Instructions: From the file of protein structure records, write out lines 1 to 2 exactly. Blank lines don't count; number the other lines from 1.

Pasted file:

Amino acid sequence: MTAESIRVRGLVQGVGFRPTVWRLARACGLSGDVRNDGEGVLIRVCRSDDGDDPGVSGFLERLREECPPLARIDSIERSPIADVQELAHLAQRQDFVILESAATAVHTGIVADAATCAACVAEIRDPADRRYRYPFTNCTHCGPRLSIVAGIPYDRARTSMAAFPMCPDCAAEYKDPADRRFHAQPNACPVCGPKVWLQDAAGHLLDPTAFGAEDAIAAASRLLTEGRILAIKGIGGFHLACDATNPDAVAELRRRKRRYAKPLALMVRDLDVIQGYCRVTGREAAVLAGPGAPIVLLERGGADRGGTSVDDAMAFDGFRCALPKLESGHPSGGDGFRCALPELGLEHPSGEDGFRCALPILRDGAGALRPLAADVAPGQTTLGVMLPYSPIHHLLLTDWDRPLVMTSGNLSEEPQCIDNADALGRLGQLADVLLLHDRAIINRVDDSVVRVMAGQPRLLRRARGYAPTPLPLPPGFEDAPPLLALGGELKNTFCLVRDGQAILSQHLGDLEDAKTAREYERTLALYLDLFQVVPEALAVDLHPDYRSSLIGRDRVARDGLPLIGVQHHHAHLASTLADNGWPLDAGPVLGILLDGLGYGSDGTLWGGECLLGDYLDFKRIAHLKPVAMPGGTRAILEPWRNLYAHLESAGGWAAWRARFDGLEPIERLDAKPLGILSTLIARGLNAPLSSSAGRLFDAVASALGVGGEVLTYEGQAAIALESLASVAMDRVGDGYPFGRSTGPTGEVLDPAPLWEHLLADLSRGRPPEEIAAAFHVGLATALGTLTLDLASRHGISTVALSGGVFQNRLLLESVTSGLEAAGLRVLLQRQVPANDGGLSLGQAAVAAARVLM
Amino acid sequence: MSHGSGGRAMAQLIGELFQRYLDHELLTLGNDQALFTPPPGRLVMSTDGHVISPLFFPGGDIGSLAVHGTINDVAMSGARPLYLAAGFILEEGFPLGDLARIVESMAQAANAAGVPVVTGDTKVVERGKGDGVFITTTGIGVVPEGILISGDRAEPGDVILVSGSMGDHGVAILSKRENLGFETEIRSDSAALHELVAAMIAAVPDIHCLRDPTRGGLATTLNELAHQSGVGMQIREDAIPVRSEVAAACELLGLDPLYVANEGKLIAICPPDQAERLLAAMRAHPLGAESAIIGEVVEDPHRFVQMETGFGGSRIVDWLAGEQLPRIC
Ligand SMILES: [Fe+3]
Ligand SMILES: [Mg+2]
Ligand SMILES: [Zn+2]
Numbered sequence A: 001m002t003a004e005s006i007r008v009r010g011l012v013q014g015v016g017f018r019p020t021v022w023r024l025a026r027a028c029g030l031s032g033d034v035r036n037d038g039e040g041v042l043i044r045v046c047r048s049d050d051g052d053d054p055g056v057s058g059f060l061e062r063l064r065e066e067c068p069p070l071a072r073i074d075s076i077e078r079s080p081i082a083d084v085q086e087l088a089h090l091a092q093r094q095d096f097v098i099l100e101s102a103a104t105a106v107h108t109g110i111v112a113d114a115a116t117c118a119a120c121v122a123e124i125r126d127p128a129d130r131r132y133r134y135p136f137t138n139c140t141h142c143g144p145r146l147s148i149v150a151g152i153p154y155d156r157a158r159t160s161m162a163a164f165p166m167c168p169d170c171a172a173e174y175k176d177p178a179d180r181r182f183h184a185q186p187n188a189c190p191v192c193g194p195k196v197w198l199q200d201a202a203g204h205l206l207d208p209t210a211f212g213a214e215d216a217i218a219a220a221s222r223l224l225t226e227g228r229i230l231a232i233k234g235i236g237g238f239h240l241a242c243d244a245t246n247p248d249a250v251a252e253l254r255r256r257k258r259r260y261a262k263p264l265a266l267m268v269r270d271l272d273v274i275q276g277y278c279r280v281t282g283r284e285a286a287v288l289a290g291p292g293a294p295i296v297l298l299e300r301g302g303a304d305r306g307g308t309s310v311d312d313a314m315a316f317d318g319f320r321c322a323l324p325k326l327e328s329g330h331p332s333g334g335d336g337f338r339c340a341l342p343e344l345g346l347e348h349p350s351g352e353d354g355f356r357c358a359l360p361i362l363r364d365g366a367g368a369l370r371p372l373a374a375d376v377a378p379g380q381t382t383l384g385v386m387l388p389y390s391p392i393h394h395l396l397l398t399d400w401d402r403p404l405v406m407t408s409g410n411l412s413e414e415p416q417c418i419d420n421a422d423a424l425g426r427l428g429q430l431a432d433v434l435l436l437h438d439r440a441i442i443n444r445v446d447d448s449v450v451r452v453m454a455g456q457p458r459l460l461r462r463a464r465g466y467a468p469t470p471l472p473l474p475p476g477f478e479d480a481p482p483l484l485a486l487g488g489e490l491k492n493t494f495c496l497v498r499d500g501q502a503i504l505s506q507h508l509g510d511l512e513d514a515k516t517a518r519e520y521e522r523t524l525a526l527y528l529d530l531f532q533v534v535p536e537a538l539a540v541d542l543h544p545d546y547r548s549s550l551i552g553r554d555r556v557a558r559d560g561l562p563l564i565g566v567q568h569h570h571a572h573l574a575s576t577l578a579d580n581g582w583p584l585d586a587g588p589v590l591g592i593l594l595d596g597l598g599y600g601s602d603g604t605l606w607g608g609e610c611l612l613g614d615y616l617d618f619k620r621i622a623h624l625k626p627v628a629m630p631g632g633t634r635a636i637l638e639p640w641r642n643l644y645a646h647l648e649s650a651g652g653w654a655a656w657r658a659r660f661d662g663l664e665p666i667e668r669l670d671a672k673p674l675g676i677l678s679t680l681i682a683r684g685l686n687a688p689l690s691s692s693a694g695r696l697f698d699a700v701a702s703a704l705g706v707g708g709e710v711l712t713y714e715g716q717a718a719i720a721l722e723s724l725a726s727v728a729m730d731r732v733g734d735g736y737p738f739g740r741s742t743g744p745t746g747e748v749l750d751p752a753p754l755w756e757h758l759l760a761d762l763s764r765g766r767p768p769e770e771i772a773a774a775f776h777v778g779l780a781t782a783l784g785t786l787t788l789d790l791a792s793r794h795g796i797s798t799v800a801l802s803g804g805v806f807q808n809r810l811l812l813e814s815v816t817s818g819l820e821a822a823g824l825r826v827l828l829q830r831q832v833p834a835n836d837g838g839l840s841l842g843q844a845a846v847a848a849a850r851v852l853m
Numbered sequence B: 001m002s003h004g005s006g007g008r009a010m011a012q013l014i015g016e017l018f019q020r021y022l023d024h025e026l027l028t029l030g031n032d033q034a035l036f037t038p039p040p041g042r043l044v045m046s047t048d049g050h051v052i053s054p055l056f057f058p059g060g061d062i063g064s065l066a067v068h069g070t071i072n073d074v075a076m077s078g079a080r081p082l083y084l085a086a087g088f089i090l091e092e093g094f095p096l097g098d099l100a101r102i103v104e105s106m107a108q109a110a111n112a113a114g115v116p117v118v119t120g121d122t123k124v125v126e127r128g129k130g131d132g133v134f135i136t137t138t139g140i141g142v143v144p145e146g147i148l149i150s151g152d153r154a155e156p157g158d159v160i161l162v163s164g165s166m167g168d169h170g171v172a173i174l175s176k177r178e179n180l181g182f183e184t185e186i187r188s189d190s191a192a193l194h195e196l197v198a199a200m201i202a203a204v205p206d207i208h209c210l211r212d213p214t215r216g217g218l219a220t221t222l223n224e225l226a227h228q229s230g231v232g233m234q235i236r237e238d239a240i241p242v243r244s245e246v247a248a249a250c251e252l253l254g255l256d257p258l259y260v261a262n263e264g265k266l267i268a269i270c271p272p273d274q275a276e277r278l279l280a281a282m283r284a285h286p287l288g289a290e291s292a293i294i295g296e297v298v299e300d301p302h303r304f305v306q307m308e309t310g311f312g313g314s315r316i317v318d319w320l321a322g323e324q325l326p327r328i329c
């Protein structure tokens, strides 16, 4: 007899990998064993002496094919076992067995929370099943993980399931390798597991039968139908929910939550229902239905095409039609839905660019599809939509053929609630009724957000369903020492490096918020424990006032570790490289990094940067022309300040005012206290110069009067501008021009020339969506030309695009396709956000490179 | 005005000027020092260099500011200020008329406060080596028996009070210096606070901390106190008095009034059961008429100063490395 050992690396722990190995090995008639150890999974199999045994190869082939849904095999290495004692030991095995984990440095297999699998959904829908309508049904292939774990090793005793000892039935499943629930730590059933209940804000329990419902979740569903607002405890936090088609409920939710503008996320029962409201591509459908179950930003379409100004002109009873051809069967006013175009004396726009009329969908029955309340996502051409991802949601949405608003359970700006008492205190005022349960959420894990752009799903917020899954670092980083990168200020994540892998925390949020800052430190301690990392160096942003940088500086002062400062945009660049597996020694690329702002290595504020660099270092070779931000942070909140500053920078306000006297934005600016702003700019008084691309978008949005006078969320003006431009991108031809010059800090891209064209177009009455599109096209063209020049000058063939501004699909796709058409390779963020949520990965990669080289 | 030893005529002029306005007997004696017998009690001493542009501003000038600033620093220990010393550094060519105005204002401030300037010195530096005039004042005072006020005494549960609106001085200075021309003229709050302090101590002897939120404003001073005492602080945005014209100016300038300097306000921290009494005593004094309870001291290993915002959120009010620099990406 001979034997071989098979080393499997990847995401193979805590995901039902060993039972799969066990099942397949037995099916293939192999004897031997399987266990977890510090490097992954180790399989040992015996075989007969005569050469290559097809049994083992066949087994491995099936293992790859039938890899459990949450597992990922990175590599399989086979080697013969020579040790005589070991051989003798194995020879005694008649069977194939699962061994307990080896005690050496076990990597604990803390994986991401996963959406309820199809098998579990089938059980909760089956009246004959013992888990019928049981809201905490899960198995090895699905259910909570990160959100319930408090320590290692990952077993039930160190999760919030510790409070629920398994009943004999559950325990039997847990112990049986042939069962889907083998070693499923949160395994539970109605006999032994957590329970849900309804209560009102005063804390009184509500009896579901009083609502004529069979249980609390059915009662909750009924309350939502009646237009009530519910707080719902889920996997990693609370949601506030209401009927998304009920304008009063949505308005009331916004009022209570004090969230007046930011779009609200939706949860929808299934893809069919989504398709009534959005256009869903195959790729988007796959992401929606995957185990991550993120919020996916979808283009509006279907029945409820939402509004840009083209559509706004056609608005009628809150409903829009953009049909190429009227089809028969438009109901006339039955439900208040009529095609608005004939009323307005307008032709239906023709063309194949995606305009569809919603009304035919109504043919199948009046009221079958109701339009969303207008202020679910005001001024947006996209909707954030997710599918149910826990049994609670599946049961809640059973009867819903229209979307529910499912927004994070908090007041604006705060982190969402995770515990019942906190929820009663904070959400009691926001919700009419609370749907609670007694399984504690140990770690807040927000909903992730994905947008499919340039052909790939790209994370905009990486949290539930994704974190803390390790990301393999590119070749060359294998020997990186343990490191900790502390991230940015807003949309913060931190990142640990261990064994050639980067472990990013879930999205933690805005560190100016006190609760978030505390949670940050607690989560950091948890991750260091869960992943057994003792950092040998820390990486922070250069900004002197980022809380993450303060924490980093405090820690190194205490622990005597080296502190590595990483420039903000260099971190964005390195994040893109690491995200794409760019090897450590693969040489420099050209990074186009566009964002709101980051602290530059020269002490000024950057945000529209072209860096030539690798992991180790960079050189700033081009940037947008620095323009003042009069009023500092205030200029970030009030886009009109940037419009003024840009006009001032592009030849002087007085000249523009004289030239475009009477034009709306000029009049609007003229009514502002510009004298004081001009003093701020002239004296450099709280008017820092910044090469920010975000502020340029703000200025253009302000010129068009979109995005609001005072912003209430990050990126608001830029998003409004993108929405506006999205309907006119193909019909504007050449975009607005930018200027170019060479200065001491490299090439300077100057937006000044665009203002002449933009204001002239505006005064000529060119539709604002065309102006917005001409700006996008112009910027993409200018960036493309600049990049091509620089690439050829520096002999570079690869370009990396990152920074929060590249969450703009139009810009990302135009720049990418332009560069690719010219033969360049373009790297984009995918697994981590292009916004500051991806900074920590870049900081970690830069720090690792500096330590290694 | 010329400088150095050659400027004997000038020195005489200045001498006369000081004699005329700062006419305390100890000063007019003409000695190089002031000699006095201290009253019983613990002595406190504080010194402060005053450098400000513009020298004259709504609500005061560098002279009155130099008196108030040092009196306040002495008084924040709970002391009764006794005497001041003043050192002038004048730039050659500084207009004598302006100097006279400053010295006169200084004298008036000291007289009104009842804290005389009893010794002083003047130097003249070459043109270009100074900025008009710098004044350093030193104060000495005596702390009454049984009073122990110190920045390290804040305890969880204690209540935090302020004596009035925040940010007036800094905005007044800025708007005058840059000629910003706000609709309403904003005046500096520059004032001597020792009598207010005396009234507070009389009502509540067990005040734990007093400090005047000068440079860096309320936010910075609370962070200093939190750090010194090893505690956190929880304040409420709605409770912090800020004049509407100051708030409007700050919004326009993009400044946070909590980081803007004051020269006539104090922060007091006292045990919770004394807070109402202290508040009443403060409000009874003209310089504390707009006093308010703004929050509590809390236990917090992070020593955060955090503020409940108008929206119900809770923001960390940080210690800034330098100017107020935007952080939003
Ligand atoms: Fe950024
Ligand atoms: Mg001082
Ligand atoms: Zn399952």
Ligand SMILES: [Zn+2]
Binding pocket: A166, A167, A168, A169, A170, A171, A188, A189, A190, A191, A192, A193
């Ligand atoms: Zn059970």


Amino acid sequence: MTAESIRVRGLVQGVGFRPTVWRLARACGLSGDVRNDGEGVLIRVCRSDDGDDPGVSGFLERLREECPPLARIDSIERSPIADVQELAHLAQRQDFVILESAATAVHTGIVADAATCAACVAEIRDPADRRYRYPFTNCTHCGPRLSIVAGIPYDRARTSMAAFPMCPDCAAEYKDPADRRFHAQPNACPVCGPKVWLQDAAGHLLDPTAFGAEDAIAAASRLLTEGRILAIKGIGGFHLACDATNPDAVAELRRRKRRYAKPLALMVRDLDVIQGYCRVTGREAAVLAGPGAPIVLLERGGADRGGTSVDDAMAFDGFRCALPKLESGHPSGGDGFRCALPELGLEHPSGEDGFRCALPILRDGAGALRPLAADVAPGQTTLGVMLPYSPIHHLLLTDWDRPLVMTSGNLSEEPQCIDNADALGRLGQLADVLLLHDRAIINRVDDSVVRVMAGQPRLLRRARGYAPTPLPLPPGFEDAPPLLALGGELKNTFCLVRDGQAILSQHLGDLEDAKTAREYERTLALYLDLFQVVPEALAVDLHPDYRSSLIGRDRVARDGLPLIGVQHHHAHLASTLADNGWPLDAGPVLGILLDGLGYGSDGTLWGGECLLGDYLDFKRIAHLKPVAMPGGTRAILEPWRNLYAHLESAGGWAAWRARFDGLEPIERLDAKPLGILSTLIARGLNAPLSSSAGRLFDAVASALGVGGEVLTYEGQAAIALESLASVAMDRVGDGYPFGRSTGPTGEVLDPAPLWEHLLADLSRGRPPEEIAAAFHVGLATALGTLTLDLASRHGISTVALSGGVFQNRLLLESVTSGLEAAGLRVLLQRQVPANDGGLSLGQAAVAAARVLM
Amino acid sequence: MSHGSGGRAMAQLIGELFQRYLDHELLTLGNDQALFTPPPGRLVMSTDGHVISPLFFPGGDIGSLAVHGTINDVAMSGARPLYLAAGFILEEGFPLGDLARIVESMAQAANAAGVPVVTGDTKVVERGKGDGVFITTTGIGVVPEGILISGDRAEPGDVILVSGSMGDHGVAILSKRENLGFETEIRSDSAALHELVAAMIAAVPDIHCLRDPTRGGLATTLNELAHQSGVGMQIREDAIPVRSEVAAACELLGLDPLYVANEGKLIAICPPDQAERLLAAMRAHPLGAESAIIGEVVEDPHRFVQMETGFGGSRIVDWLAGEQLPRIC